Gen Milley Assures China Isn't About to Attack Taiwan

Is Gen. Milley relying on some mutually reciprocal notification of imminent hostilities? If he is, he's likely to be disappointed.

Asked whether he thought China would attack Taiwan, Gen Milley, chairman of the US joint chiefs of staff, told the BBC:

"Could, should, would, those are key words there.

"In terms of capability I think China clearly is developing a capability. President Xi [Jinping] has mentioned that in public forums, he's mentioned it in speeches, that he has challenged the PLA [China's People's Liberation Army] to develop the capability to attack Taiwan at some point in time.

"And whether they would or not, it's a political choice, it's a policy choice, that will be based off of how the Chinese view the cost risk benefit at the time."

"There's no indications or warnings of anything imminent at this time. But again, we watch it very, very closely," Gen Milley added.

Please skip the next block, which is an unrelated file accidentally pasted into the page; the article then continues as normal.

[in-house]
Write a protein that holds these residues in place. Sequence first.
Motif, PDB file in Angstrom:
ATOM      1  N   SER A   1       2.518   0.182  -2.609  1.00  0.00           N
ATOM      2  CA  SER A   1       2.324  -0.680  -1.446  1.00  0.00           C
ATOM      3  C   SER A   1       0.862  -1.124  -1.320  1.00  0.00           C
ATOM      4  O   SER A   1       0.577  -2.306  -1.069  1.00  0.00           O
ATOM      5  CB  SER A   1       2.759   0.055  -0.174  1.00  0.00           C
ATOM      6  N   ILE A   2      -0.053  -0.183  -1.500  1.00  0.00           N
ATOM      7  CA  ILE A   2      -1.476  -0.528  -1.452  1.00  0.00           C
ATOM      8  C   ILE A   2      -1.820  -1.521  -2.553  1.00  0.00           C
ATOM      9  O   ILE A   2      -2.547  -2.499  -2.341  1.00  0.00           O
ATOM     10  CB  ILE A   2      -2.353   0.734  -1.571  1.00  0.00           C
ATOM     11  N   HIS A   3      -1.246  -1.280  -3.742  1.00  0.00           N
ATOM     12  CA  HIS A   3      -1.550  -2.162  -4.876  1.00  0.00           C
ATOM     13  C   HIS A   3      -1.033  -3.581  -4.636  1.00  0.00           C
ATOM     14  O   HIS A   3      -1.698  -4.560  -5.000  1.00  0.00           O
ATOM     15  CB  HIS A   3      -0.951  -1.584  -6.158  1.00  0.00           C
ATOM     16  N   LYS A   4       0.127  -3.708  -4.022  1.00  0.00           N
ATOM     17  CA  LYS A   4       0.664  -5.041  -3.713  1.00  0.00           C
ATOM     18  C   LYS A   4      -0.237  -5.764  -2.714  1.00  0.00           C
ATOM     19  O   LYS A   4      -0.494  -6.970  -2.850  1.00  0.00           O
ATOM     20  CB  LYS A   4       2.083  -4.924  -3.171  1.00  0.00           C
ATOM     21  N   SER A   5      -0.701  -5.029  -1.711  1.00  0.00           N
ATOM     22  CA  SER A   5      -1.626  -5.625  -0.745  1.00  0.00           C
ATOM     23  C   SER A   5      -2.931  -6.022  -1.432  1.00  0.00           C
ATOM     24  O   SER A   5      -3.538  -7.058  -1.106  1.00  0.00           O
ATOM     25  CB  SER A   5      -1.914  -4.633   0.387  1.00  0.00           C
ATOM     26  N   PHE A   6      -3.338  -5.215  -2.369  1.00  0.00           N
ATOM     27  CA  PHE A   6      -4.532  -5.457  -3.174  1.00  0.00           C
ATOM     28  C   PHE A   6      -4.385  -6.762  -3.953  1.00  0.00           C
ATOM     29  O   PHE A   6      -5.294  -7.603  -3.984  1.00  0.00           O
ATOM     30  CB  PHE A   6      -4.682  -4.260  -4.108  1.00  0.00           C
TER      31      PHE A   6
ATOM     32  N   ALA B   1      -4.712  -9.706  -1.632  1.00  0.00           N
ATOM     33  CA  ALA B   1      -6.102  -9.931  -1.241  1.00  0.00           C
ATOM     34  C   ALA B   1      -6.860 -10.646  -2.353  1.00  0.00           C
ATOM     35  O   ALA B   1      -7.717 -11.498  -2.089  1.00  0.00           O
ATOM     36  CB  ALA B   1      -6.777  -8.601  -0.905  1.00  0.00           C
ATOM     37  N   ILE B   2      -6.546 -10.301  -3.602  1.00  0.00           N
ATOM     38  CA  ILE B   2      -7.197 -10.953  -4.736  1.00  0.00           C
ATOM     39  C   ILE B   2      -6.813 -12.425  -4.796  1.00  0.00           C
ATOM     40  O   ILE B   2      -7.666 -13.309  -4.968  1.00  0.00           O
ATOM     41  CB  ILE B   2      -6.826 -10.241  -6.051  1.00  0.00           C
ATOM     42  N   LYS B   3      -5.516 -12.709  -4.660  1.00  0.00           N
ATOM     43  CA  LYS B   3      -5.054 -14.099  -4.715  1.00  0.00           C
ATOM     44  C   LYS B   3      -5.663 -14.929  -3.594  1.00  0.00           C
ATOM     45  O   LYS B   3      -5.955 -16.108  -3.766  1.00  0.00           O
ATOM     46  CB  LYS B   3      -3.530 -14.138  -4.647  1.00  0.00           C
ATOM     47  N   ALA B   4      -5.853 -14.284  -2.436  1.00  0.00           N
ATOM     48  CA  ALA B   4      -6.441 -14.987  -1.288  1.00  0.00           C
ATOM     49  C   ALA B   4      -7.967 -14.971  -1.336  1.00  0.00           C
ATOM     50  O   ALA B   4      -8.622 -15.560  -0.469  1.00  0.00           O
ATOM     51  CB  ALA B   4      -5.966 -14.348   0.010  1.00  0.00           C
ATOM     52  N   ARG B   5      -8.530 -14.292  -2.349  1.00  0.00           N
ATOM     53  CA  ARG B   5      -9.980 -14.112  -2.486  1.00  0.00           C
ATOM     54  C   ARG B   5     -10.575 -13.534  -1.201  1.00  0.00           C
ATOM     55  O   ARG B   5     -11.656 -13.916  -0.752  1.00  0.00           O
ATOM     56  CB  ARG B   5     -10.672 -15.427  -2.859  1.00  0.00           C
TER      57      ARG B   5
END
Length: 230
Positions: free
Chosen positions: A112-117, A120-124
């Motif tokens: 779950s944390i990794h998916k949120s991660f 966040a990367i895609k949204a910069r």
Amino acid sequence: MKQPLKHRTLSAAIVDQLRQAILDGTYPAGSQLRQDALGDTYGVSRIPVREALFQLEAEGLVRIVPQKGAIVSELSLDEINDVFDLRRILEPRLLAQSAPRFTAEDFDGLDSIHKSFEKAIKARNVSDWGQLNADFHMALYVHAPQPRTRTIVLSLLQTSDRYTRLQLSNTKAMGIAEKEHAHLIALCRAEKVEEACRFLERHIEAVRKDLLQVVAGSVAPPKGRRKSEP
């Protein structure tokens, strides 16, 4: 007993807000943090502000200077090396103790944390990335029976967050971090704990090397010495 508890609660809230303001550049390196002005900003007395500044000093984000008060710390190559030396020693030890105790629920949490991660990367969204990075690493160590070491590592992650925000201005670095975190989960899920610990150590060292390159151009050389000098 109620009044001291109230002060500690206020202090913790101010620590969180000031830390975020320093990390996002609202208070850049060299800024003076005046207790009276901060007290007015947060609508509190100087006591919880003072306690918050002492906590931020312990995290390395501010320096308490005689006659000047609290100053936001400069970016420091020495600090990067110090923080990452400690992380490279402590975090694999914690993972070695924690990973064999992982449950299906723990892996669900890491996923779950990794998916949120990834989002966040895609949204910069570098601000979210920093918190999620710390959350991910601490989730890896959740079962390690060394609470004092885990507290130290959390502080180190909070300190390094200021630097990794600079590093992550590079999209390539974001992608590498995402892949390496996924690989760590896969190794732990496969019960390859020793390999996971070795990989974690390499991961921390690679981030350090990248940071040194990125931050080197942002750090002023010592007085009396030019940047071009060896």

Considering Milley's track record, that's not so reassuring.

In July, he falsely claimed that a "safe, orderly and responsible transition" was taking place in Afghanistan, and that the 600 U.S. military personnel there were sufficient to "secure the embassy, to secure the international zone and secure HKIA, the international airport in Kabul".

A month later, even 6,000 troops, ten times that number, would not suffice for the task.

Milley assured reporters that "the Afghan Security Forces have the capacity to sufficiently fight" and that "we're always going to maintain the capability of self-defense". None of these things were true.

By late July, Milley admitted that, "Strategic momentum appears to be sort of with the Taliban."

By "sort of", Milley meant that the Taliban had more than doubled their territory again and were marching on half of the provincial capitals.

A week after his testimony, the Taliban had not only doubled their number of districts, but possessed hundreds of captured U.S. armored vehicles, along with artillery and drones.

The Pentagon's spokesman told reporters to ask the Afghan military about the gear.

In May, Milley had shrugged off questions about whether the Afghan military would survive. “We frankly don’t know yet. We have to wait and see how things develop over the summer.”

“There was nothing that I or anyone else saw that indicated a collapse of this army and this government in 11 days,” Milley later insisted.

"The conditions are set for winning this war," Milley had asserted back when he was heading up NATO’s ISAF Joint Command under Obama.


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